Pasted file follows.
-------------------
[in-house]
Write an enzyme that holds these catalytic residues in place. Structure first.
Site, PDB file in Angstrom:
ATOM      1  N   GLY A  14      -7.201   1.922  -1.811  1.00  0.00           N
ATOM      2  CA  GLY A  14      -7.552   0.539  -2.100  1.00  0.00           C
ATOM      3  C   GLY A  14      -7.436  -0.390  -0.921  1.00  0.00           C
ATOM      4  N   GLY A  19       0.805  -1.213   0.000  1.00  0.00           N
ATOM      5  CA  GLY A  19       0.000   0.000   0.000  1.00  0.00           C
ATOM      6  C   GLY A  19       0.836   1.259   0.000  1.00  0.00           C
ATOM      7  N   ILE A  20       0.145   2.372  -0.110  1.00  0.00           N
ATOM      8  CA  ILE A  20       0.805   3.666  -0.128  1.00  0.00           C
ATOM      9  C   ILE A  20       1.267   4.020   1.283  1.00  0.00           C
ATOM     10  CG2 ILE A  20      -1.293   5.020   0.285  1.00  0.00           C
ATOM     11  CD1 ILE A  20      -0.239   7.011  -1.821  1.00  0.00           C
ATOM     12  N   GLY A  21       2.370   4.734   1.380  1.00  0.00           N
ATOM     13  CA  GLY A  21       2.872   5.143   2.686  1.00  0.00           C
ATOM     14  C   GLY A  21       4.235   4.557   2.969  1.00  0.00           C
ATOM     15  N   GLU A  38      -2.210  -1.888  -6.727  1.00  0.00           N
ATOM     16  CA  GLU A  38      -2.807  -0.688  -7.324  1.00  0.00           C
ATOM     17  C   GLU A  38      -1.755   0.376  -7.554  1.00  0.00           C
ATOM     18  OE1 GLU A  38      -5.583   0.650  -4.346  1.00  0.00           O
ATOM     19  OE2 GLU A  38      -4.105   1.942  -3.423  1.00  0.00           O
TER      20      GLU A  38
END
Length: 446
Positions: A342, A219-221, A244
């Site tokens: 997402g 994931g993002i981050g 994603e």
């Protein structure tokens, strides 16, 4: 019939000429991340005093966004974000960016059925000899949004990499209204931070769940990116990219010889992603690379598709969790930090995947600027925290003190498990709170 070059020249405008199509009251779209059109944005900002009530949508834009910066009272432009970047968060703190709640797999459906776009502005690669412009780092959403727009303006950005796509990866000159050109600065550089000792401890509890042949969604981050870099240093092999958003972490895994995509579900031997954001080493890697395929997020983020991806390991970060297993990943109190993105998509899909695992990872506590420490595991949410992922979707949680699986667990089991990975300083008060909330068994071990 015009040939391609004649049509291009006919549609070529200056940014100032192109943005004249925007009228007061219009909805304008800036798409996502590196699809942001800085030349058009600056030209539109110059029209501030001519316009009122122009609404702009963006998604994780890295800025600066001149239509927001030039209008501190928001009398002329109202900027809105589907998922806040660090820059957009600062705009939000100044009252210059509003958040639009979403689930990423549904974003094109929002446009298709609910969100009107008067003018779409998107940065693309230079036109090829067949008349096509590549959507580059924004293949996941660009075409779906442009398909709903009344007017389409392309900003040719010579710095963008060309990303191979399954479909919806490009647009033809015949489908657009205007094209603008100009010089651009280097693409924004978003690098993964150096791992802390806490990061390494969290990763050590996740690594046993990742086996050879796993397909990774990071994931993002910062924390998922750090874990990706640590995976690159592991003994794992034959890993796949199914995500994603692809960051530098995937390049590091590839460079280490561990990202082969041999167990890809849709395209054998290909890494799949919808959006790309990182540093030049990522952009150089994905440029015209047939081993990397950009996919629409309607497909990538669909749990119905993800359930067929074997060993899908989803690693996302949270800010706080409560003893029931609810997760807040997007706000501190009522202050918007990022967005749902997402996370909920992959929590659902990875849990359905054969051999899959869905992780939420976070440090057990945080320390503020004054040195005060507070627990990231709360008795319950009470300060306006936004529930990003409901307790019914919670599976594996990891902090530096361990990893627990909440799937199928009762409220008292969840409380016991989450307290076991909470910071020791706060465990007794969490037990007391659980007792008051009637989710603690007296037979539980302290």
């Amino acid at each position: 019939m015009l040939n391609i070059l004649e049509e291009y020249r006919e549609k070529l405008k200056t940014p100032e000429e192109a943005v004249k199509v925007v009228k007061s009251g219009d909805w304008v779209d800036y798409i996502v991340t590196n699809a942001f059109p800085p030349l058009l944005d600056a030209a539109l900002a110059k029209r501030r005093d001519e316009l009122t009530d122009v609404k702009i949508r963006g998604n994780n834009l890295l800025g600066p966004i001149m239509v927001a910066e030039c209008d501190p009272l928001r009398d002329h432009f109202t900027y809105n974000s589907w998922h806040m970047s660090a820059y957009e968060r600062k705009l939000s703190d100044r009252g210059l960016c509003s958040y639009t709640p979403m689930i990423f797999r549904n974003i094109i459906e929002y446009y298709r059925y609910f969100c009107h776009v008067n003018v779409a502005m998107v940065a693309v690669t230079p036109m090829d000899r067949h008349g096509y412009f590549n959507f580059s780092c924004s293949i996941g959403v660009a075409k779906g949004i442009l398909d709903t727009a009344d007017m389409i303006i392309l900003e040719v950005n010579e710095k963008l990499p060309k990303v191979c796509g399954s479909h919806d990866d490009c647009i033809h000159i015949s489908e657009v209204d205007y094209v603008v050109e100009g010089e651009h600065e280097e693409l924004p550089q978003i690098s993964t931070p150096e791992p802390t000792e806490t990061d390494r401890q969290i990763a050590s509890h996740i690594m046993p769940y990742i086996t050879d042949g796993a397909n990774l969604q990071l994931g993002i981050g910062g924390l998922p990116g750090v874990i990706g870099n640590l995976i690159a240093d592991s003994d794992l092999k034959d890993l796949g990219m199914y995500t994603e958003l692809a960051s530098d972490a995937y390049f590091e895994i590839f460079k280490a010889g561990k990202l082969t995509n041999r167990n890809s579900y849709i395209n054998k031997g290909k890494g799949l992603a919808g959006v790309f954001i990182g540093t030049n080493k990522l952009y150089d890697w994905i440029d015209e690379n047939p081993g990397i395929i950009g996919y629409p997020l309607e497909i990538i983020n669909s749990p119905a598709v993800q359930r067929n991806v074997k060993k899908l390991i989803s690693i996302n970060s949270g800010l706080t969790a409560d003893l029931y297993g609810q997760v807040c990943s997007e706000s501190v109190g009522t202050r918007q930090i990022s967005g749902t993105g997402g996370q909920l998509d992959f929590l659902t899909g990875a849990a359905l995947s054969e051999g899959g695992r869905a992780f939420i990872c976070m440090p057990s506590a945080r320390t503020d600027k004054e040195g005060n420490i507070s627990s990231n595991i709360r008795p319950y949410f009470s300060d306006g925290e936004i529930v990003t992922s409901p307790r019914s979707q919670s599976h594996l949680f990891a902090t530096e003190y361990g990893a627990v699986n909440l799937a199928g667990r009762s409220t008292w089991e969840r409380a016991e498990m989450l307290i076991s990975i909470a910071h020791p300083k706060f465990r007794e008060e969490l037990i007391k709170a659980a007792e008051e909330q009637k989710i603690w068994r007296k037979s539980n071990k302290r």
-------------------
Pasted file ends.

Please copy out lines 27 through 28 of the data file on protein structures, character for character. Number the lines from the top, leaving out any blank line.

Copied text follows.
């Site tokens: 997402g 994931g993002i981050g 994603e």
């Protein structure tokens, strides 16, 4: 019939000429991340005093966004974000960016059925000899949004990499209204931070769940990116990219010889992603690379598709969790930090995947600027925290003190498990709170 070059020249405008199509009251779209059109944005900002009530949508834009910066009272432009970047968060703190709640797999459906776009502005690669412009780092959403727009303006950005796509990866000159050109600065550089000792401890509890042949969604981050870099240093092999958003972490895994995509579900031997954001080493890697395929997020983020991806390991970060297993990943109190993105998509899909695992990872506590420490595991949410992922979707949680699986667990089991990975300083008060909330068994071990 015009040939391609004649049509291009006919549609070529200056940014100032192109943005004249925007009228007061219009909805304008800036798409996502590196699809942001800085030349058009600056030209539109110059029209501030001519316009009122122009609404702009963006998604994780890295800025600066001149239509927001030039209008501190928001009398002329109202900027809105589907998922806040660090820059957009600062705009939000100044009252210059509003958040639009979403689930990423549904974003094109929002446009298709609910969100009107008067003018779409998107940065693309230079036109090829067949008349096509590549959507580059924004293949996941660009075409779906442009398909709903009344007017389409392309900003040719010579710095963008060309990303191979399954479909919806490009647009033809015949489908657009205007094209603008100009010089651009280097693409924004978003690098993964150096791992802390806490990061390494969290990763050590996740690594046993990742086996050879796993397909990774990071994931993002910062924390998922750090874990990706640590995976690159592991003994794992034959890993796949199914995500994603692809960051530098995937390049590091590839460079280490561990990202082969041999167990890809849709395209054998290909890494799949919808959006790309990182540093030049990522952009150089994905440029015209047939081993990397950009996919629409309607497909990538669909749990119905993800359930067929074997060993899908989803690693996302949270800010706080409560003893029931609810997760807040997007706000501190009522202050918007990022967005749902997402996370909920992959929590659902990875849990359905054969051999899959869905992780939420976070440090057990945080320390503020004054040195005060507070627990990231709360008795319950009470300060306006936004529930990003409901307790019914919670599976594996990891902090530096361990990893627990909440799937199928009762409220008292969840409380016991989450307290076991909470910071020791706060465990007794969490037990007391659980007792008051009637989710603690007296037979539980302290």